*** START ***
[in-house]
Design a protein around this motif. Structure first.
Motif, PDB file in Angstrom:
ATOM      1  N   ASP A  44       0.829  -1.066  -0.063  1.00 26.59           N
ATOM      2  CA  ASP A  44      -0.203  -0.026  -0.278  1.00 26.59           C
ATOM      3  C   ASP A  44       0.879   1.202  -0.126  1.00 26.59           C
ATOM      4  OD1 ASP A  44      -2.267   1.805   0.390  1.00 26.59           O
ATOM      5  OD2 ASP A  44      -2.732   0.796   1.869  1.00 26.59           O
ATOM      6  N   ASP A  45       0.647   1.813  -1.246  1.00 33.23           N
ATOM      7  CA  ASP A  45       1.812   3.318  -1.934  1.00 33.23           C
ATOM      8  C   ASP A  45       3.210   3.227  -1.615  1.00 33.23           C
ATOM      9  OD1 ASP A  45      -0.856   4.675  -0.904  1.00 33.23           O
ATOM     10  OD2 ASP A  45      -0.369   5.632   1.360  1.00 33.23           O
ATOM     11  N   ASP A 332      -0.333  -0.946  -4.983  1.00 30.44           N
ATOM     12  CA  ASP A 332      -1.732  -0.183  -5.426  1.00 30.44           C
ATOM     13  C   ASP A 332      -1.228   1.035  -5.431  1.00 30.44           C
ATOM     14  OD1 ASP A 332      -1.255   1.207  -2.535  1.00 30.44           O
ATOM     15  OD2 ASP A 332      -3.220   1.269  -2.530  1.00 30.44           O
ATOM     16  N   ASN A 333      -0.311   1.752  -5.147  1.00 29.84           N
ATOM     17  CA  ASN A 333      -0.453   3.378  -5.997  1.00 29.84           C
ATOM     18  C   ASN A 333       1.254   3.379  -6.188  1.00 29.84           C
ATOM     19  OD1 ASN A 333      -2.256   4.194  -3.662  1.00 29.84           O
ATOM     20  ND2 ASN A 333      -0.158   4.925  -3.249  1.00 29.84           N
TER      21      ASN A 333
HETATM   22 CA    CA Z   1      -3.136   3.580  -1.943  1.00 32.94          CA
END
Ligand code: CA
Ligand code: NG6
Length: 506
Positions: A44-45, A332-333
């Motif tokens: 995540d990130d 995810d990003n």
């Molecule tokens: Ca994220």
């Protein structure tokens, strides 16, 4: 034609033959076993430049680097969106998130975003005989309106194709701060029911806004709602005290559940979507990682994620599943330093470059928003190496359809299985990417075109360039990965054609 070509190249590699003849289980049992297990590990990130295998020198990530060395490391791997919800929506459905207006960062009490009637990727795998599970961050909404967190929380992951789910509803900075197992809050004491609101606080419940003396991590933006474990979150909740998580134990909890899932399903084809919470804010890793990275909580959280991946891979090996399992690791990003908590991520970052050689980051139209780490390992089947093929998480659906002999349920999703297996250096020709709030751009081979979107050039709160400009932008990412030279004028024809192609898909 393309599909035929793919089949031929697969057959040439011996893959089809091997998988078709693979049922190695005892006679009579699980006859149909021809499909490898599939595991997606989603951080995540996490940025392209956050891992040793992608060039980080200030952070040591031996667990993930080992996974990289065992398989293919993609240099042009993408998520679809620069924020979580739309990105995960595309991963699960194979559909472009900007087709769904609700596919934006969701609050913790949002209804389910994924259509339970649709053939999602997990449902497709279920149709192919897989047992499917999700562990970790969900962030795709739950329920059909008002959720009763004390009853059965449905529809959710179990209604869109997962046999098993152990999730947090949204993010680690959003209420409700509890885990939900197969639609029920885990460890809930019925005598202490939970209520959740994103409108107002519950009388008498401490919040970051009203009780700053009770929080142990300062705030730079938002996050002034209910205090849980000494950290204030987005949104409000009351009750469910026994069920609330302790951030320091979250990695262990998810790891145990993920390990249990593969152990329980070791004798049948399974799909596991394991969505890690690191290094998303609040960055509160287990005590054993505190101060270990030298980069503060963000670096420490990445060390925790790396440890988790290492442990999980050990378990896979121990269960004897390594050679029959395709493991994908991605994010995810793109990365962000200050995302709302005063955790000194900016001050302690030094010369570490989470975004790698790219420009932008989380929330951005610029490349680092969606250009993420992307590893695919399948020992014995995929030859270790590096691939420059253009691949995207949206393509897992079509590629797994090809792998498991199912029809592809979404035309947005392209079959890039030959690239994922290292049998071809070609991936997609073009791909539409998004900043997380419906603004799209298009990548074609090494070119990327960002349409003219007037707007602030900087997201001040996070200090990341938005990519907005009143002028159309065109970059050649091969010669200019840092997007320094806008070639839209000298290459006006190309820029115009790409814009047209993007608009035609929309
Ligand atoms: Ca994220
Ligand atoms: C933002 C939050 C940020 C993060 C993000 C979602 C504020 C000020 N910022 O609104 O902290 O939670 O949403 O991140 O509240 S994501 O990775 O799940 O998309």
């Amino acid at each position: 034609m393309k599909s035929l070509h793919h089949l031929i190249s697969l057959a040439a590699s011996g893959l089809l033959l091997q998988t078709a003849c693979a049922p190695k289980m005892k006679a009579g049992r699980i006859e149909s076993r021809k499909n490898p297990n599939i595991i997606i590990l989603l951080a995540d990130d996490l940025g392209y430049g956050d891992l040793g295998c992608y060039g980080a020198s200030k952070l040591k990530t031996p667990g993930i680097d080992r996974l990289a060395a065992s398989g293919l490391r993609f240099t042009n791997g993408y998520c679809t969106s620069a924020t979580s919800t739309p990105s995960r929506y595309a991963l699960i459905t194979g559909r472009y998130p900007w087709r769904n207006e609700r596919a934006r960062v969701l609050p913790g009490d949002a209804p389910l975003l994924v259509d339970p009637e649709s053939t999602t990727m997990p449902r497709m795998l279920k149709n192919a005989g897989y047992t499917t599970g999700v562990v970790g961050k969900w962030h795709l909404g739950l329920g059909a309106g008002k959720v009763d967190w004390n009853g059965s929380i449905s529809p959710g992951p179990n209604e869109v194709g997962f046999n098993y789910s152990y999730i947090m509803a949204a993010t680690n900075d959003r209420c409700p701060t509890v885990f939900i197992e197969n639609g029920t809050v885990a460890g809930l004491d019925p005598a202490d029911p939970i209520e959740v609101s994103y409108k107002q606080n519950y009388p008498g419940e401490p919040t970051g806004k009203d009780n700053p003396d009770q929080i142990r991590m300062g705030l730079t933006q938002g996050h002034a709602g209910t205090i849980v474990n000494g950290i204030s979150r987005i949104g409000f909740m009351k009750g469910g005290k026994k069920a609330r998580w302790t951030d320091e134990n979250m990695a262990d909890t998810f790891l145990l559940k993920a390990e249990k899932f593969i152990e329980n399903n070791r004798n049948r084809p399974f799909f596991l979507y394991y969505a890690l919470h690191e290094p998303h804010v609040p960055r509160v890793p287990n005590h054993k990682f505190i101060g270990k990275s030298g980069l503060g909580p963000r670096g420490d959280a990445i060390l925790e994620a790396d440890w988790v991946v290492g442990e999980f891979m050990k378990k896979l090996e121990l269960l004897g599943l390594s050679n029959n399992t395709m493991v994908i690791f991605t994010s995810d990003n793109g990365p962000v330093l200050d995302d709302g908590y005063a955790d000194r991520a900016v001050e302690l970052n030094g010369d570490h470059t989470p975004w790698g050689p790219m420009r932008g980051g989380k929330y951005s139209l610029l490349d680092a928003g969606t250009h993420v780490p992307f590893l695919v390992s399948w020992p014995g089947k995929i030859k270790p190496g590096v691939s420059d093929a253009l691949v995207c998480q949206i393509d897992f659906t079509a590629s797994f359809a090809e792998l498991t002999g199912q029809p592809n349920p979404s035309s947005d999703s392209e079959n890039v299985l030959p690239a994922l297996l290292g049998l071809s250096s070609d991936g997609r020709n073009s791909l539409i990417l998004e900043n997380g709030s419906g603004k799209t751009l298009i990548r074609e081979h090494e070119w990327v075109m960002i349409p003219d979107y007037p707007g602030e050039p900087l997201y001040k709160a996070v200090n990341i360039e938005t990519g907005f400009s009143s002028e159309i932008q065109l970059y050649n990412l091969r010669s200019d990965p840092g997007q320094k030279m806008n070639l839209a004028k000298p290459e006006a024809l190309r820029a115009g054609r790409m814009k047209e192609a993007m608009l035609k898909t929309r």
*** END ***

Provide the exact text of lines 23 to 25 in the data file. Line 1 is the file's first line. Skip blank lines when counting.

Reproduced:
ATOM     20  ND2 ASN A 333      -0.158   4.925  -3.249  1.00 29.84           N
TER      21      ASN A 333
HETATM   22 CA    CA Z   1      -3.136   3.580  -1.943  1.00 32.94          CA